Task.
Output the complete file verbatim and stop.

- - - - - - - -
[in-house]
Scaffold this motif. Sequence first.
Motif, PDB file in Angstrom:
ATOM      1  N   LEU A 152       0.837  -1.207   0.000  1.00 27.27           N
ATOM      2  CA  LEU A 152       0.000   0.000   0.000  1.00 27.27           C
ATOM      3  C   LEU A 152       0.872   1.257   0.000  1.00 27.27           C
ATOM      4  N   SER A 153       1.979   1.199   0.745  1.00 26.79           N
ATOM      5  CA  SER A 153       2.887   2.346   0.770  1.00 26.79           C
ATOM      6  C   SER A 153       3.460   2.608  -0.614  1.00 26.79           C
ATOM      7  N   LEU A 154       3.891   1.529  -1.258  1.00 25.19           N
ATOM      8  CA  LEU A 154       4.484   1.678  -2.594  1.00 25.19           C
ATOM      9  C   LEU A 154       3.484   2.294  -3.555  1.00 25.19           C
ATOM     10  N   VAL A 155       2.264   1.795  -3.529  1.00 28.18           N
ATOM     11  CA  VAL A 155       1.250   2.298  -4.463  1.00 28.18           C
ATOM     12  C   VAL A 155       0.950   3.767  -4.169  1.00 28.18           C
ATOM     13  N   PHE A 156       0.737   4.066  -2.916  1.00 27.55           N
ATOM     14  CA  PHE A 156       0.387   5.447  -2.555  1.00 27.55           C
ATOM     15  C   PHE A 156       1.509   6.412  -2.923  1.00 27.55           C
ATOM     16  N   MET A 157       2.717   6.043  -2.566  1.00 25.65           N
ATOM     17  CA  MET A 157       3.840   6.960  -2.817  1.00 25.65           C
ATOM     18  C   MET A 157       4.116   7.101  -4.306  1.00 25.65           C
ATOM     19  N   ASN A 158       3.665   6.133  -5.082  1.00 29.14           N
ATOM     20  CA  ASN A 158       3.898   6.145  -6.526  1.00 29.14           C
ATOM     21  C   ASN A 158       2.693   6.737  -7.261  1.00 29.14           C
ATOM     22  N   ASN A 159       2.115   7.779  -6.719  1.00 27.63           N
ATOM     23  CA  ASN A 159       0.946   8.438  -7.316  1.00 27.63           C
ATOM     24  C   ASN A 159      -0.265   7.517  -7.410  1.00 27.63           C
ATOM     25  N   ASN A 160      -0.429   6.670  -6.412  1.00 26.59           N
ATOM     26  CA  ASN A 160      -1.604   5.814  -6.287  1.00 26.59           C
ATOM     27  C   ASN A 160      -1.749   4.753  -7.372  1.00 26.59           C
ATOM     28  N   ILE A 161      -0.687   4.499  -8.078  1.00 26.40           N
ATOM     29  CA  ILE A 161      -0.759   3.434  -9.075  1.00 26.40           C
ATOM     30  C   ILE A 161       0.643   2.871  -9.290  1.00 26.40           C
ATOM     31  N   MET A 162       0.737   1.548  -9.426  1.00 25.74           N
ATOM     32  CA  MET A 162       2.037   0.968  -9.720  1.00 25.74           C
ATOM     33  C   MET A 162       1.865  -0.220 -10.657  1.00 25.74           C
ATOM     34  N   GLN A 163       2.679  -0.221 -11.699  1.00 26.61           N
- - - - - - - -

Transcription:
[in-house]
Scaffold this motif. Sequence first.
Motif, PDB file in Angstrom:
ATOM      1  N   LEU A 152       0.837  -1.207   0.000  1.00 27.27           N
ATOM      2  CA  LEU A 152       0.000   0.000   0.000  1.00 27.27           C
ATOM      3  C   LEU A 152       0.872   1.257   0.000  1.00 27.27           C
ATOM      4  N   SER A 153       1.979   1.199   0.745  1.00 26.79           N
ATOM      5  CA  SER A 153       2.887   2.346   0.770  1.00 26.79           C
ATOM      6  C   SER A 153       3.460   2.608  -0.614  1.00 26.79           C
ATOM      7  N   LEU A 154       3.891   1.529  -1.258  1.00 25.19           N
ATOM      8  CA  LEU A 154       4.484   1.678  -2.594  1.00 25.19           C
ATOM      9  C   LEU A 154       3.484   2.294  -3.555  1.00 25.19           C
ATOM     10  N   VAL A 155       2.264   1.795  -3.529  1.00 28.18           N
ATOM     11  CA  VAL A 155       1.250   2.298  -4.463  1.00 28.18           C
ATOM     12  C   VAL A 155       0.950   3.767  -4.169  1.00 28.18           C
ATOM     13  N   PHE A 156       0.737   4.066  -2.916  1.00 27.55           N
ATOM     14  CA  PHE A 156       0.387   5.447  -2.555  1.00 27.55           C
ATOM     15  C   PHE A 156       1.509   6.412  -2.923  1.00 27.55           C
ATOM     16  N   MET A 157       2.717   6.043  -2.566  1.00 25.65           N
ATOM     17  CA  MET A 157       3.840   6.960  -2.817  1.00 25.65           C
ATOM     18  C   MET A 157       4.116   7.101  -4.306  1.00 25.65           C
ATOM     19  N   ASN A 158       3.665   6.133  -5.082  1.00 29.14           N
ATOM     20  CA  ASN A 158       3.898   6.145  -6.526  1.00 29.14           C
ATOM     21  C   ASN A 158       2.693   6.737  -7.261  1.00 29.14           C
ATOM     22  N   ASN A 159       2.115   7.779  -6.719  1.00 27.63           N
ATOM     23  CA  ASN A 159       0.946   8.438  -7.316  1.00 27.63           C
ATOM     24  C   ASN A 159      -0.265   7.517  -7.410  1.00 27.63           C
ATOM     25  N   ASN A 160      -0.429   6.670  -6.412  1.00 26.59           N
ATOM     26  CA  ASN A 160      -1.604   5.814  -6.287  1.00 26.59           C
ATOM     27  C   ASN A 160      -1.749   4.753  -7.372  1.00 26.59           C
ATOM     28  N   ILE A 161      -0.687   4.499  -8.078  1.00 26.40           N
ATOM     29  CA  ILE A 161      -0.759   3.434  -9.075  1.00 26.40           C
ATOM     30  C   ILE A 161       0.643   2.871  -9.290  1.00 26.40           C
ATOM     31  N   MET A 162       0.737   1.548  -9.426  1.00 25.74           N
ATOM     32  CA  MET A 162       2.037   0.968  -9.720  1.00 25.74           C
ATOM     33  C   MET A 162       1.865  -0.220 -10.657  1.00 25.74           C
ATOM     34  N   GLN A 163       2.679  -0.221 -11.699  1.00 26.61           N